ISSN (Print) - 0012-9976 | ISSN (Online) - 2349-8846

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Slipping Hegemony of Intermediate Castes

Caste in Tamil Nadu - II

The case of violence against the dalits by the Vanniyars in Dharmapuri recently is not a sign of resurgent casteism as the media and others are claiming. The state has definitely benefited from the anti-caste movements in the past and the dalits are experiencing upward mobility. The violence is a desperate acknowledgement of the dalit reality and the inability of the intermediate castes to exercise caste power over them as in the past.

On 9 November 2012, in a premeditated act of violence, a mob of over a thousand Vanniyars (an intermediate caste), including women, ransacked three dalit settlements in the Dharmapuri district of western Tamil Nadu. While houses and vehicles, including four-wheelers, were set ablaze in the Natham, Anna Nagar and Kondampatti colonies, cash, gold jewels, and household appliances belonging to the dalit families were looted. The ration cards, school and college certificates, and property documents in these homes were reduced to ashes. In a few hours, the Vanniyars who are by no means wealthy had destroyed an estimated Rs 7 crore worth of dalit property. The immediate reason attributed to the incendiary rage of the Vanniyars was a case of inter-caste love and marriage that later led to a suicide. Twenty-year-old Divya, a Vanniyar pursuing a course in nursing, got married to a 23-year-old Illavarsan, a dalit from Natham colony and a recent recruit to the state police force. The couple sought police protection which was, predictably, not forthcoming. Unable to bear the pressure from his fellow caste members, Divya’s father Nagarajan, a genial and composed man by all accounts, hanged himself. As the Natham colony was ransacked, Nagarajan’s body was put on public display.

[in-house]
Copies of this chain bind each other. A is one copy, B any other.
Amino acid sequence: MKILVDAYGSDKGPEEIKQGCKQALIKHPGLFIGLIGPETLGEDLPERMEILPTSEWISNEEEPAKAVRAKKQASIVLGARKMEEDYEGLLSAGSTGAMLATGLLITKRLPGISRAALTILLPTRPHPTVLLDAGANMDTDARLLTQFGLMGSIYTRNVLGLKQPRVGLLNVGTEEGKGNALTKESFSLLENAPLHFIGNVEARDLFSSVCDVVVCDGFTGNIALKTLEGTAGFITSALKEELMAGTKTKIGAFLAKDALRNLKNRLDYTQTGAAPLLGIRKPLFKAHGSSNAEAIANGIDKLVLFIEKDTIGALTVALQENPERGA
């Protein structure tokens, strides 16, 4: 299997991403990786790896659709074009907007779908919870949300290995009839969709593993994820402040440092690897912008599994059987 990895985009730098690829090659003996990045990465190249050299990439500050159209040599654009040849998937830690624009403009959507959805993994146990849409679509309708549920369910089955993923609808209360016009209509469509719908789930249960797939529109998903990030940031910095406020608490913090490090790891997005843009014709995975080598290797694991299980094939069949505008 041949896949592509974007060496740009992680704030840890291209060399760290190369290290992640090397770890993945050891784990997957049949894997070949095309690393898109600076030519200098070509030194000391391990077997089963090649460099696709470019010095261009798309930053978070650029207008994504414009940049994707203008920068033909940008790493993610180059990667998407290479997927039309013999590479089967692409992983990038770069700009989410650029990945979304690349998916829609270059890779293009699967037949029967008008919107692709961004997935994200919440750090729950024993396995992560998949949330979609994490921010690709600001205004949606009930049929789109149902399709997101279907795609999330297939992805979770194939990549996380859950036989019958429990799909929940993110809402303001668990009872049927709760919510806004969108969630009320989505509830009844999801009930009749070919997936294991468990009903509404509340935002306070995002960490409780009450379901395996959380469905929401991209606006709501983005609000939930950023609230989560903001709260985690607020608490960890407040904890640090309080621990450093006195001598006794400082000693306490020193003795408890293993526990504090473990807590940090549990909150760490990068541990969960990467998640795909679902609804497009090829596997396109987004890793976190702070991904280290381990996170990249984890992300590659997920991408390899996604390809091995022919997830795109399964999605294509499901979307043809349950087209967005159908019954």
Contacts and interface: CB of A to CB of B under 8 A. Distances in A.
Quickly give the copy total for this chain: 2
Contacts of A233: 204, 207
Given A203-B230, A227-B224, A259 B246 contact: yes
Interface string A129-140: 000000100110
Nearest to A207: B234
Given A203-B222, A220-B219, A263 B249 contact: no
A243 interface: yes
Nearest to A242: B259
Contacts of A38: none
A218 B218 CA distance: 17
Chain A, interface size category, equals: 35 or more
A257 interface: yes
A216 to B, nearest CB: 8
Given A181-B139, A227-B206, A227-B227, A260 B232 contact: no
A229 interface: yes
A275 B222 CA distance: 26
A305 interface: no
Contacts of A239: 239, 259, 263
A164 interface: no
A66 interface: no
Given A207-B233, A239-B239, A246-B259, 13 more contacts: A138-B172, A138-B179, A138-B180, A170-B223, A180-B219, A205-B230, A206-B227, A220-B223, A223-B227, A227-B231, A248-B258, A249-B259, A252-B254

‘Protecting’ Vanniyar Women

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